7 Questions to Measure Career Success

Career success is a personal definition, but too often we grade ourselves by the things that are easiest to measure. While a certain salary, fabulous title, or the corner office are all ways we can view achievement, they don’t always get to the heart of our career journey. These metrics may also lend to comparing against colleagues, instead of focusing on ways to evaluate and celebrate our own personal progress. Feeling ready to define what career success means to you? Here are seven helpful questions to ask yourself.

1. How much influence do you have?

One of the greatest measures of effectiveness in a group or work setting can be taking stock of how much influence you have. If you are the person that seems to always know how team morale is or if you are approached repeatedly by new team members with questions, you are likely a strong influencer. You may also find yourself being called on by other departments or management to weigh in on things that you aren’t directly responsible for—which highlights how much your input is valued. Being this type of resource in the workplace is a great indication of not only your emotional intelligence, but also of likely work-related success and your ability to make a positive impact.

2. What do you create and what is the impact?

When you think about you career, consider what you create in your job. It could be a product, project, or simply a great client experience, but realizing what you created wouldn’t have existed without your effort, care, and expertise is a way to measure success. Sometimes it’s the expectation that we need to do something huge and exceptional to make a difference. Not the case! It’s important to remind yourself that success and service can happen in many different ways—you don’t need to join the Peace Corp to do something that can change another’s world. In fact, it may be the simple ways we make an effort that stand out as successful.

3. Have you created valuable relationships throughout your career?

Once we’re out of school, the workplace often becomes where we make our greatest friends and grow social networks. Do you have a work best or group of colleagues that you share happy hours with, trade stories and career goals, or cheer each other on through rough days? Like energies attract! If you have been lucky enough to have met a few best friends through the office, appreciating these relationships and acknowledging the value they’ve added to your personal development is another way to view success.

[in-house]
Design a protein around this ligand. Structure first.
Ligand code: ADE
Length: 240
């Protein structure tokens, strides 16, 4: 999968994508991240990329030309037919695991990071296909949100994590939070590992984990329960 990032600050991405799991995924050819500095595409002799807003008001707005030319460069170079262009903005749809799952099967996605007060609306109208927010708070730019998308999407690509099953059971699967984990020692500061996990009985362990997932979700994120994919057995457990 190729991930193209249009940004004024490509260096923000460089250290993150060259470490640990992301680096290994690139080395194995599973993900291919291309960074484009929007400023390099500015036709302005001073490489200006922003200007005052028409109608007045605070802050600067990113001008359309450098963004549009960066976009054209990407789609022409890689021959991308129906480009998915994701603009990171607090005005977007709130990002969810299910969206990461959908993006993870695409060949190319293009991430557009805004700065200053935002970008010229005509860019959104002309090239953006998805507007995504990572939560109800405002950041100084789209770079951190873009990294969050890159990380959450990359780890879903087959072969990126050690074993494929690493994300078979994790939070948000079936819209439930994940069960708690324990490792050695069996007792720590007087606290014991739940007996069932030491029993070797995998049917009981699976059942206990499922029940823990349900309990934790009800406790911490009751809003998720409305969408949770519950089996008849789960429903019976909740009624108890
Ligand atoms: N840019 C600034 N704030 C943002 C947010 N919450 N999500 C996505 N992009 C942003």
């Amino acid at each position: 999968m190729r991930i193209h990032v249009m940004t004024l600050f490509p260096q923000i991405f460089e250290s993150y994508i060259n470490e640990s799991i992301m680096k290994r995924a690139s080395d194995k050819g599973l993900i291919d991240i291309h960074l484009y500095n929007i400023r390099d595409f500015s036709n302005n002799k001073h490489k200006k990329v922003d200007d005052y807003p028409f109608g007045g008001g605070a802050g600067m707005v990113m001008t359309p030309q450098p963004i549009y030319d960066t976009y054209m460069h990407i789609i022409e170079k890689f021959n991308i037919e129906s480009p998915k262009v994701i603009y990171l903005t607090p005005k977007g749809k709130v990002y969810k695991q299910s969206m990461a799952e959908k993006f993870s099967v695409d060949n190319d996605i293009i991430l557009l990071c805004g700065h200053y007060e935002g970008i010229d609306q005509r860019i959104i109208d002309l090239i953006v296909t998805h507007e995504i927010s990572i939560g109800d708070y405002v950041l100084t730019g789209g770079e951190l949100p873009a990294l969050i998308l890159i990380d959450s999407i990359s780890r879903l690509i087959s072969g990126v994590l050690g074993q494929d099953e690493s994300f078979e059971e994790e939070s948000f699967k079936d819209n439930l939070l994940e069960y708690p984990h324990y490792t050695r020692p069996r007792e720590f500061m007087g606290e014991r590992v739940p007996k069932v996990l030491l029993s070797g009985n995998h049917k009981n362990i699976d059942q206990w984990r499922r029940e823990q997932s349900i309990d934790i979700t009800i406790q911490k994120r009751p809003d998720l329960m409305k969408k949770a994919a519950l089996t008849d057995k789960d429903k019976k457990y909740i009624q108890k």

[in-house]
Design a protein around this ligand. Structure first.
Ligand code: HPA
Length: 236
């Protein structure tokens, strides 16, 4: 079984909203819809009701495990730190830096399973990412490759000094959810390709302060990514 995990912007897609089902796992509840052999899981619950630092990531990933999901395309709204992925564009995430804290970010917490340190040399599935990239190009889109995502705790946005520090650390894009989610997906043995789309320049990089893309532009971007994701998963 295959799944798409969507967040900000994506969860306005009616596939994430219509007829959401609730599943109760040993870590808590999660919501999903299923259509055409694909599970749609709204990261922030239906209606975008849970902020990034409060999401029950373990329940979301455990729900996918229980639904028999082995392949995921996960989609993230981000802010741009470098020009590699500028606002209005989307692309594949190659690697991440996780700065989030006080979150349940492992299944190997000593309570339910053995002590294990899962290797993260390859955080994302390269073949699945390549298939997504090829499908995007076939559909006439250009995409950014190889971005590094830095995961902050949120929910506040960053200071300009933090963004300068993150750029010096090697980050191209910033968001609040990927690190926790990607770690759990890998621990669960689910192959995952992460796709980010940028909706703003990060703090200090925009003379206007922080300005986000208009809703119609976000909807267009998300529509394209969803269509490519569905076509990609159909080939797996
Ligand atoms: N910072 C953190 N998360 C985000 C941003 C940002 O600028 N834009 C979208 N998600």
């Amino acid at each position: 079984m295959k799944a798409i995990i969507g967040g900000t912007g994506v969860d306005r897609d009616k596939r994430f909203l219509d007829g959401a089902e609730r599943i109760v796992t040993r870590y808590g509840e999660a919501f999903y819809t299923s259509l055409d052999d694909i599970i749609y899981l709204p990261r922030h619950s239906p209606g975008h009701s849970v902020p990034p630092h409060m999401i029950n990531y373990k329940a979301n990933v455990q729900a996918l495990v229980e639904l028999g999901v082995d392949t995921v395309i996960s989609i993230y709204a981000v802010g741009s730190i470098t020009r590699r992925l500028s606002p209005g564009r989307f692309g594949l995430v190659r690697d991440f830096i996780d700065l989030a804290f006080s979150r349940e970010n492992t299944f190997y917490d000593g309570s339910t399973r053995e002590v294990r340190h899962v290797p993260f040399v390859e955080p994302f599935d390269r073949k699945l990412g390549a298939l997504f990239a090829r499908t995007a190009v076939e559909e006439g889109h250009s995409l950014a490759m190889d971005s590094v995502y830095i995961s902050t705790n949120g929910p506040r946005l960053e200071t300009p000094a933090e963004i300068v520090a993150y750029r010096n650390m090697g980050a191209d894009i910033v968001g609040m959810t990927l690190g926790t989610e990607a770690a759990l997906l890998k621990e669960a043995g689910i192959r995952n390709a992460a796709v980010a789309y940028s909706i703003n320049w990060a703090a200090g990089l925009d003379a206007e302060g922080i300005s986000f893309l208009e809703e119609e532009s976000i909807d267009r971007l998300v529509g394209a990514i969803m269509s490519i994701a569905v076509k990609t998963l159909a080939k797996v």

4. What have you learned?

Some of our biggest career lessons are tiny moments where you gain a better understanding of company culture, how to handle office politics, or how to manage when dealing with organizational leadership. What are the lessons you’ve learned about how to handle issues? If you’ve mastered the unique quirks and how-tos of your office and company culture, you’ve become more well rounded as a professional.

5. How well do you fail?

It’s true: Sometimes success is taking a big risk, having it flop, and learning something really powerful along the way. Early in our career, we might not be great at failing—maybe we judge ourselves, feel like we should have known better, or didn’t handle a situation with grace or professionalism. Take a look at your responses to both big and small failures—and how it has changed over the course of your career. Do you respond differently now than when you were just starting out? Sometimes failing also helps us rule out the things we don’t want to spend our careers doing. And that insight can set us up for even greater success down the road!

6. How far have you come?

One of the best ways to measure career success is looking at where you began—it provides you a personal yardstick that keeps you from comparing yourself to anyone else! So often we focus on how far we have left to go in our career goals and think only about next steps and how to get there. Instead, call to mind the “you” of five years ago. What did that girl want to learn, experience, or risk to achieve? Career success in this moment can be about how well you’ve met those personal goals or how you’ve handled and learned from the changes in your path.

7. How do you feel on Mondays?

Every week you have an opportunity to evaluate your career success—it’s as simple as asking yourself how you feel on Monday morning. Are you excited about the workweek ahead? Do you believe there are new challenges to tackle and new things to learn? While we all may struggle with the Monday morning grind, ask yourself if, on average, are you excited about or dreading the week ahead? This is another way to evaluate how successful you’ve been in finding a career that fits your goals and lifestyle.

How do you define and measure career achievements? Let us know any ways that have helped you think about success!

Show Comments +